Klaudia Jazwinska, ’18, was announced as one of 43 winners of the 2018 Marshall Scholarships on Dec. 4.
The scholarship provides American students the opportunity to study at an institution of higher education in the United Kingdom. Of the estimated 1,000 applications from across the country, only about 40 scholarships are awarded every year.
Jazwinska — who is the managing editor of The Brown and White — is the first Marshall Scholar from Lehigh in 40 years.
Jenny Hyest, the assistant director of fellowship advising and United Nations programs at Lehigh, said Jazwinska’s selection reflects her ability to excel in many areas.
In addition to traveling and learning about different cultures, Jazwinska is excited to learn from the other scholars “who are passionate about what they’re studying.”
She is planning on pursing two 1-year master’s degrees. The first will be in computational and data journalism at Cardiff University in Wales and the second will be in international relations and politics at Cambridge University in England.
Jazwinska, a journalism and global studies double major, has served as an editor for The Brown and White since freshman year and will serve as editor in chief next semester.
During her time at Lehigh, Jazwinska has participated in the Marching 97, served as the Global Union’s vice president for internal programming and was involved in a Mountaintop project this summer.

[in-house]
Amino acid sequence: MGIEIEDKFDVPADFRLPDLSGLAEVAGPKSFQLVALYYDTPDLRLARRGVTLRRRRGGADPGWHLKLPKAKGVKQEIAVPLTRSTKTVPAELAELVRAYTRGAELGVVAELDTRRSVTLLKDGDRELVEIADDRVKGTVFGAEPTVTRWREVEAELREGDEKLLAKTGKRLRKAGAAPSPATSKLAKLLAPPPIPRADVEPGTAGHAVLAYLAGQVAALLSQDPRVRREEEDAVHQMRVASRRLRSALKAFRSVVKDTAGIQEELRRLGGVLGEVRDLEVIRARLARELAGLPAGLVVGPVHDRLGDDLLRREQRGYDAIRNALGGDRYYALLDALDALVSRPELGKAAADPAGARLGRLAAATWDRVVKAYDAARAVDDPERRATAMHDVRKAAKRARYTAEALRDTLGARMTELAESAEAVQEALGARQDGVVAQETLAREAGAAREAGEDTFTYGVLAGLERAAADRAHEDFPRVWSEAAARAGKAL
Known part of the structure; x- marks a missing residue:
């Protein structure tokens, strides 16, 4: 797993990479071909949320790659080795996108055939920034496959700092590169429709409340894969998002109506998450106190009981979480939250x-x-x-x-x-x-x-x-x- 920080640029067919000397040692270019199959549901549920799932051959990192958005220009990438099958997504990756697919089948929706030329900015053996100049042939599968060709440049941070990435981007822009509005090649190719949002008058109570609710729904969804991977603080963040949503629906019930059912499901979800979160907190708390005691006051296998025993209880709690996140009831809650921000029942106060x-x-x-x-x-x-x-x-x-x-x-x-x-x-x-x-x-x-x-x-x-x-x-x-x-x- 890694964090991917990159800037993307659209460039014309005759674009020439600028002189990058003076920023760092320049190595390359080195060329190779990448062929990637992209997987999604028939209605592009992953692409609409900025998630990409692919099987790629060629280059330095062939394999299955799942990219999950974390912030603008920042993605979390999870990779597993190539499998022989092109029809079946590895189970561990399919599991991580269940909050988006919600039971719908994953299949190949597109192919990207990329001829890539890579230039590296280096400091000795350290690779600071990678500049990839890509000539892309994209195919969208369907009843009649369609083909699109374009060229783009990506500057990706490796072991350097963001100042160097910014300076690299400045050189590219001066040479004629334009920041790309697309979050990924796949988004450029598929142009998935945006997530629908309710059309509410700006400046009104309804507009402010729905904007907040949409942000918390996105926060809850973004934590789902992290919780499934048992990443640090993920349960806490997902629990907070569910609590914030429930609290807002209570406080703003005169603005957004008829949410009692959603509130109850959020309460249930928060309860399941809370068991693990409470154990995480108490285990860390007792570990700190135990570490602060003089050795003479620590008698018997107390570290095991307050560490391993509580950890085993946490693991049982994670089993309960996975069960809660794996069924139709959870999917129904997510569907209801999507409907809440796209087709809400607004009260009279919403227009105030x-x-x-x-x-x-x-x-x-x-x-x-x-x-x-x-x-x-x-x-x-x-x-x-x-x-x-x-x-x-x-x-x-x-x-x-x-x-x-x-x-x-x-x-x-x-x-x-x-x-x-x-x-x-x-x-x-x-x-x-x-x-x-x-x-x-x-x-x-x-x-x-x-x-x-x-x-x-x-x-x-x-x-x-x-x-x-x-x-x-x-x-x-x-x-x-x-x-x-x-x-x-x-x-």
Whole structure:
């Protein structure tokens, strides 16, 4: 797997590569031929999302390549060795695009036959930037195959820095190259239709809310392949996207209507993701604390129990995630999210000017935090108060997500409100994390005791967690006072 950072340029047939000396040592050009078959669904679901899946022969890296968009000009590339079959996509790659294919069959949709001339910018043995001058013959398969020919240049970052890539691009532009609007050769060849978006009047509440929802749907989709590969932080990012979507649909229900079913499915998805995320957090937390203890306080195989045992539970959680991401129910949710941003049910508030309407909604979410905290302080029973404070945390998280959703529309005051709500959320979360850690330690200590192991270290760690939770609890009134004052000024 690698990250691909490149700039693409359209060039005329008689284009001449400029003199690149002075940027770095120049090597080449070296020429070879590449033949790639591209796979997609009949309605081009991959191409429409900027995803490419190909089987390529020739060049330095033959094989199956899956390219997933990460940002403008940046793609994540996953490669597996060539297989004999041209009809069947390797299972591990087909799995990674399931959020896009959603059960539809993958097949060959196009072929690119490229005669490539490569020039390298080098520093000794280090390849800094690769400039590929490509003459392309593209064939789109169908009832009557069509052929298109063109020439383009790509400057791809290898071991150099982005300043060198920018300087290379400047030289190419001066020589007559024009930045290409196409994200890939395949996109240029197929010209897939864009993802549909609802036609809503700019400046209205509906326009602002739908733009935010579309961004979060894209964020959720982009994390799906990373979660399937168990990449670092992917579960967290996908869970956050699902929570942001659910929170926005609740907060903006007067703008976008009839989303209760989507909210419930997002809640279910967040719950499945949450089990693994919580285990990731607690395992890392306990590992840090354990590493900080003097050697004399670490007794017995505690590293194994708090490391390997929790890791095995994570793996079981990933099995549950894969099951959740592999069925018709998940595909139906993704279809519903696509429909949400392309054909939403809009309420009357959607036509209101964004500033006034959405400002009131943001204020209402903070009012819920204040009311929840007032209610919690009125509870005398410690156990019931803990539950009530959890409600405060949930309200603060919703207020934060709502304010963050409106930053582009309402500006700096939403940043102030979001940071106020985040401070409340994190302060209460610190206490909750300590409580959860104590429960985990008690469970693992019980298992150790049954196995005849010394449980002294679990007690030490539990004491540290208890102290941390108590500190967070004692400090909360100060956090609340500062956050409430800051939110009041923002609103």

Jazwinska worked with Hyest to complete her application while she concluded her Mountaintop project. In October, after learning she had been selected to attend an interview, Jazwinska prepared with in-depth mock interviews with help from Lehigh professors.
Hyest said advising Jazwinska was one of the most rewarding experiences of her career as an educator and fellowship adviser.
“What’s really special about (Jazwinska) is her capacity to think critically, thoughtfully and reflectively about where she’s been,” Hyest said. “She writes so powerfully about her life.”
Hyest said she is most excited about Jazwinska’s selection as a scholar because of her background as a first-generation American college student. She believes Jazwinska can serve as an inspiration to other students who come from similar situations.
“She shows that students from underrepresented backgrounds can successfully apply for awards and see that they are for any student,” Hyest said.
Jazwinska said it is a privilege to receive the scholarship considering her background.
“In the long run I want to help and give back,” Jazwinska said. “My goal is to somehow benefit others around me.”